Peripheral Vestibular Disorders in Children and Adolescents with Concussion.Otolaryngol Head Neck Surg 2018; 159(2):365-370OH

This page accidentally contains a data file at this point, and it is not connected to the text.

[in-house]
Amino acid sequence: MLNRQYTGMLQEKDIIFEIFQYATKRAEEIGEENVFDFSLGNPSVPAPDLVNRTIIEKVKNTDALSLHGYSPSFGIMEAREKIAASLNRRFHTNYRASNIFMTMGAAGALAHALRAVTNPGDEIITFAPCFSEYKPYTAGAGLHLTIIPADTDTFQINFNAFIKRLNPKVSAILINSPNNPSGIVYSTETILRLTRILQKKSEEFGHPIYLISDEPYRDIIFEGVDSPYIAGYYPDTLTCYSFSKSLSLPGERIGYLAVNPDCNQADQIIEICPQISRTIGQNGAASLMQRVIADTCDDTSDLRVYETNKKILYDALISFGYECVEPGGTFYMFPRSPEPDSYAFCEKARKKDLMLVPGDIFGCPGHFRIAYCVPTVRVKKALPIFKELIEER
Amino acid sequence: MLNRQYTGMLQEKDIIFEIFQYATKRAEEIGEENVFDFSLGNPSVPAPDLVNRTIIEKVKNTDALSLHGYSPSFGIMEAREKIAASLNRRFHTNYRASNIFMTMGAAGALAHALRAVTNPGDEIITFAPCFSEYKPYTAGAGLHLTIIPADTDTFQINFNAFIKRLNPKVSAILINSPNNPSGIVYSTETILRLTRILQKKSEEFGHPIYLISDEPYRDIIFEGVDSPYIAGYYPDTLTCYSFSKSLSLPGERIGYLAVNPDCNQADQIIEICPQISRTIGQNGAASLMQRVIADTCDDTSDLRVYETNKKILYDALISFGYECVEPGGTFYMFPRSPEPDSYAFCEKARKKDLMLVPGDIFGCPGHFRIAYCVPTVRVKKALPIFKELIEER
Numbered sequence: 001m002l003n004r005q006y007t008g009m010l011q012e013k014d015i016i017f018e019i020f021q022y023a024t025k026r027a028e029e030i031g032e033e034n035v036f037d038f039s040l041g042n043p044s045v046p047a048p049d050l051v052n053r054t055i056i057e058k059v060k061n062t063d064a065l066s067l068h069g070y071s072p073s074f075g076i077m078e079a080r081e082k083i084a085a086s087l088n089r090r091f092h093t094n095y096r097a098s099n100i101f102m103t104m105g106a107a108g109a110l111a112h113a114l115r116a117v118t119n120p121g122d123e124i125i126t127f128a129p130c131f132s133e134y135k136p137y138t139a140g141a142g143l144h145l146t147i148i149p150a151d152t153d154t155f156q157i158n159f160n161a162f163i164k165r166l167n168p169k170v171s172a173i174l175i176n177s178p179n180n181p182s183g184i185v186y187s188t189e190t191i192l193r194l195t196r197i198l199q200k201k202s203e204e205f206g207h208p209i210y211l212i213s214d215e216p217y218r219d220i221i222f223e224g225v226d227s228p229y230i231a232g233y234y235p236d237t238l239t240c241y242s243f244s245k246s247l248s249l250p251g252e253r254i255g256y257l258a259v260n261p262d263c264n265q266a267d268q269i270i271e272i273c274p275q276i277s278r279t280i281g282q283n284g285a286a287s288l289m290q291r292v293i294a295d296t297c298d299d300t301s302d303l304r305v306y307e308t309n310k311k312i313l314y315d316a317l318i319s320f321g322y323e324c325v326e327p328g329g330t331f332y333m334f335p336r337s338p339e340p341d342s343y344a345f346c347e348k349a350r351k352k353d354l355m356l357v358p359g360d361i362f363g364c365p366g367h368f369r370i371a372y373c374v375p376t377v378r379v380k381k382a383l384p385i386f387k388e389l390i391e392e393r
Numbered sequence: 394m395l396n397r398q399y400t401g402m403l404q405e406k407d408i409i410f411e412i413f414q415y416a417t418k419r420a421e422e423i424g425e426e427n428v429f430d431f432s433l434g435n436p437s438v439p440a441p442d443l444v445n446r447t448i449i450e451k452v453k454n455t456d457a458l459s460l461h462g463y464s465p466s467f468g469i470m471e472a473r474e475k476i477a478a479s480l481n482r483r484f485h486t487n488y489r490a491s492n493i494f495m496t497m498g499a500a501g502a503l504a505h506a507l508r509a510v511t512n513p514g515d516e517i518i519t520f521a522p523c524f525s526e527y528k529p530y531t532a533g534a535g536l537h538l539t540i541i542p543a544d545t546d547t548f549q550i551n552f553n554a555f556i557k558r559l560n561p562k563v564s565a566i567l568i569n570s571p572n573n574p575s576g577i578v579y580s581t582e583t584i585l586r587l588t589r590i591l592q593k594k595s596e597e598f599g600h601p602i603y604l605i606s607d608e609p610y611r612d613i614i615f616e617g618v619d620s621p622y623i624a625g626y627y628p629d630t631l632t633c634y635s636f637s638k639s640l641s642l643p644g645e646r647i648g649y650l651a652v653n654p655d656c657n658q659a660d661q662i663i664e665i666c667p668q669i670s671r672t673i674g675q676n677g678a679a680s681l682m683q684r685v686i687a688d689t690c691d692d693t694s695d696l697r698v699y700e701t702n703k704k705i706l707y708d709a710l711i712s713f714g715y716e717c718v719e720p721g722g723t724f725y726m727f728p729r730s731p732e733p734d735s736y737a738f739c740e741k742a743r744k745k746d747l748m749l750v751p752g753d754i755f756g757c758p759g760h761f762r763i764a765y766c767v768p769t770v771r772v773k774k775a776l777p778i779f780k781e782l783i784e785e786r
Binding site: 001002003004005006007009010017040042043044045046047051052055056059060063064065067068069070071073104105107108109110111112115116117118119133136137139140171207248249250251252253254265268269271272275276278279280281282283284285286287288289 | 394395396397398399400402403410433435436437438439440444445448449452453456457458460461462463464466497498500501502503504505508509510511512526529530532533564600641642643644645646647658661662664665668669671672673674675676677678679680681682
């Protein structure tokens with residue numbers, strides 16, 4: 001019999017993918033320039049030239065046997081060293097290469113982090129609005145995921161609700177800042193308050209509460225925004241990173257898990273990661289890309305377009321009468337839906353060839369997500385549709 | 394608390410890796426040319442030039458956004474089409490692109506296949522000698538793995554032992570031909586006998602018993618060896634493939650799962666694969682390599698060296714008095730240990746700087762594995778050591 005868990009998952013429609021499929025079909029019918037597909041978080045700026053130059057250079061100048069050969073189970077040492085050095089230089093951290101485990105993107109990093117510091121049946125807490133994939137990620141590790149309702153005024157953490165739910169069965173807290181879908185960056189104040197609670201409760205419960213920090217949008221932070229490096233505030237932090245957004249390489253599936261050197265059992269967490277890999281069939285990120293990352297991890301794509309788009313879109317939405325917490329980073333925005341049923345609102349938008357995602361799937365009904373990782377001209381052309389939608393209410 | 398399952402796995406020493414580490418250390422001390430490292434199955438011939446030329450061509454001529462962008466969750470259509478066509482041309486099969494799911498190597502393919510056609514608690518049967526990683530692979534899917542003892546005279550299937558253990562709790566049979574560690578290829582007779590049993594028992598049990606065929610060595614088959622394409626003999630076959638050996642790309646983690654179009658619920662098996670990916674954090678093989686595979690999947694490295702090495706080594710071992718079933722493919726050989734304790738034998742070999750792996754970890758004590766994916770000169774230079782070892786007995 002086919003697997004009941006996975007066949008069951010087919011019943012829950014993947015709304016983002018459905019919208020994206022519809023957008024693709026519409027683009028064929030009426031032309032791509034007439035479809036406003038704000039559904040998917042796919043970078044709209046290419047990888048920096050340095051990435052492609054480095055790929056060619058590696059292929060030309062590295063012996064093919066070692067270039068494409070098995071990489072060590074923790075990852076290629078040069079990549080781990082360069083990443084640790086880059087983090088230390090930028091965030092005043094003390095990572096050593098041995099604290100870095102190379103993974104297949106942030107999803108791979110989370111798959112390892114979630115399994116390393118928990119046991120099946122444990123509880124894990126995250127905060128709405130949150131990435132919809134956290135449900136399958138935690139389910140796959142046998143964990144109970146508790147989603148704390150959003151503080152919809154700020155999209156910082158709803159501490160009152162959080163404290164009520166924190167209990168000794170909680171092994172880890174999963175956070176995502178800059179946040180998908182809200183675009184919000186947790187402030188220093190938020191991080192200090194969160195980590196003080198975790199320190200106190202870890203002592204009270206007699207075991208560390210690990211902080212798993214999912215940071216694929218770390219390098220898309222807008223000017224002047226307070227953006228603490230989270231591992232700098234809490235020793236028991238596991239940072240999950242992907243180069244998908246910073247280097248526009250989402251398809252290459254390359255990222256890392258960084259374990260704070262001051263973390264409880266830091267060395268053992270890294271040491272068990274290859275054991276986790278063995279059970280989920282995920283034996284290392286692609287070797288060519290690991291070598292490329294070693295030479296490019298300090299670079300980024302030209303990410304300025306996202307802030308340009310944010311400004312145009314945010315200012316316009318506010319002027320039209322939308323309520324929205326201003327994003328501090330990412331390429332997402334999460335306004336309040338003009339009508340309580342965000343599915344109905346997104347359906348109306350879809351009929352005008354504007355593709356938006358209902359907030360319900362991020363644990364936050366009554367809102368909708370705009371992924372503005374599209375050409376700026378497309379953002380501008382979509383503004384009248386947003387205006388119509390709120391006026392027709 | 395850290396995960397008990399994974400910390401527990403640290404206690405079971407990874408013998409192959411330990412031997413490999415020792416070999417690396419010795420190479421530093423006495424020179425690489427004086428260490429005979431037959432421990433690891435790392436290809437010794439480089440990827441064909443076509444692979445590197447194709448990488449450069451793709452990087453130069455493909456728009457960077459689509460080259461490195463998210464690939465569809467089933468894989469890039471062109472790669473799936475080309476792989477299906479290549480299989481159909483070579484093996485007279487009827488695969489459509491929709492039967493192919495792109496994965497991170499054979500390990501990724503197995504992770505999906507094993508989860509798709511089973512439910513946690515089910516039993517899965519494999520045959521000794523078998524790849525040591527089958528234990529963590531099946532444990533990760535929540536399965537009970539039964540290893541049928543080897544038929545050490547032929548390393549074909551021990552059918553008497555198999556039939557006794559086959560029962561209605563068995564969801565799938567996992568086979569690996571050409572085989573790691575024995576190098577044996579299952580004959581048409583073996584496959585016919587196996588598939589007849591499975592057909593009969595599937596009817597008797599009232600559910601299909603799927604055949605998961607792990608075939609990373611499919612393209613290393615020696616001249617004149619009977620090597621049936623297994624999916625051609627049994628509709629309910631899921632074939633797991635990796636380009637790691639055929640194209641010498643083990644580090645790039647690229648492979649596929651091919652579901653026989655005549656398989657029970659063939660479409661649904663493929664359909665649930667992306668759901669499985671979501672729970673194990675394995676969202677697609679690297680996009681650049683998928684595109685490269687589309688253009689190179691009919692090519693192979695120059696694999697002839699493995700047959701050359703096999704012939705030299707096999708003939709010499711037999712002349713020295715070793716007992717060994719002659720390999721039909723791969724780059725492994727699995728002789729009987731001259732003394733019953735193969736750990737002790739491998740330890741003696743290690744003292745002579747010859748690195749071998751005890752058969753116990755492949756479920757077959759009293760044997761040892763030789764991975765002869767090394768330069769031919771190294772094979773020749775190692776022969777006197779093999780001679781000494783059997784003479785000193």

Objective To review peripheral vestibular disorders in pediatric patients with dizziness following concussion. Study Design Case series with chart review. Setting Pediatric vestibular clinic and pediatric multidisciplinary concussion clinic at a tertiary level pediatric hospital. Subjects and Methods We retrospectively reviewed 109 patients seen for dizziness following a concussion between September 2012 and July 2015. Patients were ≤20 years of age at the time of concussion. Incidences of specific peripheral vestibular disorders were assessed along with timing of diagnosis relative to the date of injury, diagnostic test findings, and treatment interventions associated with those diagnoses. Results Twenty-eight patients (25.7%) were diagnosed with peripheral vestibular disorders. None of these disorders were diagnosed prior to evaluation in our pediatric vestibular clinic or our multidisciplinary concussion clinic, which occurred a mean of 133 days (95% confidence interval, 89.2-177.3) after injury. Benign paroxysmal positioning vertigo was diagnosed in 19 patients, all of whom underwent successful canalith repositioning maneuvers. Other diagnoses included temporal bone fracture (n = 3), labyrinthine concussion (n = 2), perilymphatic fistula (n = 2), and superior semicircular canal dehiscence (n = 2). Both patients with perilymphatic fistula and 1 patient with superior semicircular canal dehiscence underwent successful surgical management, while 1 patient with superior semicircular canal dehiscence was managed nonsurgically. Conclusion Peripheral vestibular disorders may occur in pediatric patients with dizziness following concussion, but these disorders may not be recognized until symptoms have persisted for several weeks. An algorithm is proposed to guide the diagnosis and management of peripheral vestibular disorders in pediatric patients with concussion.